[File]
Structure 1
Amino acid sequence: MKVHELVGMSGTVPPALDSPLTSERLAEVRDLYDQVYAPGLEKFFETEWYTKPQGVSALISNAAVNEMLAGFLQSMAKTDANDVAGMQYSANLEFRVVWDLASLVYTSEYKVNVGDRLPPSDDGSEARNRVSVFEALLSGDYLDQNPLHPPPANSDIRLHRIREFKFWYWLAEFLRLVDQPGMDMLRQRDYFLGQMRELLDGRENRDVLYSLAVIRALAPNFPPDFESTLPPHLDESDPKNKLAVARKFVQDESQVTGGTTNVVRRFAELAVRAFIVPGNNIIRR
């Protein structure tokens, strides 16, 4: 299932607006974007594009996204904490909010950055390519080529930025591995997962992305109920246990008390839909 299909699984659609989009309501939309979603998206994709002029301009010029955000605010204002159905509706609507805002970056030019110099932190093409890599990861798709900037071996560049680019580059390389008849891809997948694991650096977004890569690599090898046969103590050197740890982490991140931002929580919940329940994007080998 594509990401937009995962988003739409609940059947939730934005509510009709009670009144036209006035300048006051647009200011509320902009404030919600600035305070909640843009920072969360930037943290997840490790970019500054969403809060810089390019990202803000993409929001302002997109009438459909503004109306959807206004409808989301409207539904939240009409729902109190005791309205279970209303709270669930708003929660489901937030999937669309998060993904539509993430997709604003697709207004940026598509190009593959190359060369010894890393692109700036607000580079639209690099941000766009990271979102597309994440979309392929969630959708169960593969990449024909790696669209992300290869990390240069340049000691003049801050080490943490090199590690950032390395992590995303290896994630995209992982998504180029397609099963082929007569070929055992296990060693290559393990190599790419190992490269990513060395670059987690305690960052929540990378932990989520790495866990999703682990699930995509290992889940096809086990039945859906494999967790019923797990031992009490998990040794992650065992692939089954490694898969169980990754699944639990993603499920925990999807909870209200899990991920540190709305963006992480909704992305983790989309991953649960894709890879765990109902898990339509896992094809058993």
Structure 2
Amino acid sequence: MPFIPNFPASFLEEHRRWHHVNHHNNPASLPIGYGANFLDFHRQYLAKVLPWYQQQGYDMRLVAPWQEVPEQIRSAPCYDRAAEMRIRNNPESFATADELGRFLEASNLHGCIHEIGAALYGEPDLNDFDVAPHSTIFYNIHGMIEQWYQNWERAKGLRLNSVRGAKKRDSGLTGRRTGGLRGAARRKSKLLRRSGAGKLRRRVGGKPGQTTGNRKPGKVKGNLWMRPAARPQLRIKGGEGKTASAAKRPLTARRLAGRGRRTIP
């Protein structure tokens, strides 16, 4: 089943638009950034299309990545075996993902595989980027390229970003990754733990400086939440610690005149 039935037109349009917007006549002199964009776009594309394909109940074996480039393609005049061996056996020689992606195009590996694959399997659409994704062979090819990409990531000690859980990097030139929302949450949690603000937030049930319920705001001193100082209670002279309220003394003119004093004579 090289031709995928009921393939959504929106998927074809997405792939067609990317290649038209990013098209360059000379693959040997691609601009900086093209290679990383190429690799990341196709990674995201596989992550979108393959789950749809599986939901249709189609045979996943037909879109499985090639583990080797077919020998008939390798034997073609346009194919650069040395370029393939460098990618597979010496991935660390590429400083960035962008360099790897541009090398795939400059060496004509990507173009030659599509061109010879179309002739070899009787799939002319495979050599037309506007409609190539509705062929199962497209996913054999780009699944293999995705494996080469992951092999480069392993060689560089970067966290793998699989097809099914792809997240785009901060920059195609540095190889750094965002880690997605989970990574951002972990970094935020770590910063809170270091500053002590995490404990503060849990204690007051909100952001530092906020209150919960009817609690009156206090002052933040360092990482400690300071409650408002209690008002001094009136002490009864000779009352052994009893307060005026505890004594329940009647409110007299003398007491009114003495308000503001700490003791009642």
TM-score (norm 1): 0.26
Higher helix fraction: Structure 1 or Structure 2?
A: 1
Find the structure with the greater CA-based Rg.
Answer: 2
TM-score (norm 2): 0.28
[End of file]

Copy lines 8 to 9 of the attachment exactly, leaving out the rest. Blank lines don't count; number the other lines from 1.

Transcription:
Higher helix fraction: Structure 1 or Structure 2?
A: 1